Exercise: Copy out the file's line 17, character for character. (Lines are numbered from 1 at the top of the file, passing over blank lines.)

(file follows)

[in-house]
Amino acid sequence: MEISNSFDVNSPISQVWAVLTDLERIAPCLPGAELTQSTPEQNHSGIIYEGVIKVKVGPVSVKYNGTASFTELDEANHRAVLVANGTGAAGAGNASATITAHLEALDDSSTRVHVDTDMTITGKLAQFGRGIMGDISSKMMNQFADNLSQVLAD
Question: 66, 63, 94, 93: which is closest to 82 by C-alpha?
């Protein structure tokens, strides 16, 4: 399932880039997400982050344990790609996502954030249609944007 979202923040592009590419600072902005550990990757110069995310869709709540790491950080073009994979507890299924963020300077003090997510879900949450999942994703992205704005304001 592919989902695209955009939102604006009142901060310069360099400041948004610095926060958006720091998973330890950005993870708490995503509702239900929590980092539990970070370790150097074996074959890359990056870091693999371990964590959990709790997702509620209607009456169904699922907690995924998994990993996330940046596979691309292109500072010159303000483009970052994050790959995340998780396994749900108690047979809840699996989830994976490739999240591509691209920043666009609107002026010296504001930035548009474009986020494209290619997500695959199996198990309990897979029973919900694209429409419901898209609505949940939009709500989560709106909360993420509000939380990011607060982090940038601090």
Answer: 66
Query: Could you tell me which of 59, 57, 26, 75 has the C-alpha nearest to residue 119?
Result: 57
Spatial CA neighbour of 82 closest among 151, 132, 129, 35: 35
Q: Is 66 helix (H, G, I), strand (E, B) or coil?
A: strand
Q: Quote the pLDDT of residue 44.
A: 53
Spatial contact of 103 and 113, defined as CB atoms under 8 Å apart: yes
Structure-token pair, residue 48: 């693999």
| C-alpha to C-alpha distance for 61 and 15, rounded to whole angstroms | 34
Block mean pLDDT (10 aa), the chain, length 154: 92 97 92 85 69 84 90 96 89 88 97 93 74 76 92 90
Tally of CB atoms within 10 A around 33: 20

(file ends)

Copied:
Tally of CB atoms within 10 A around 33: 20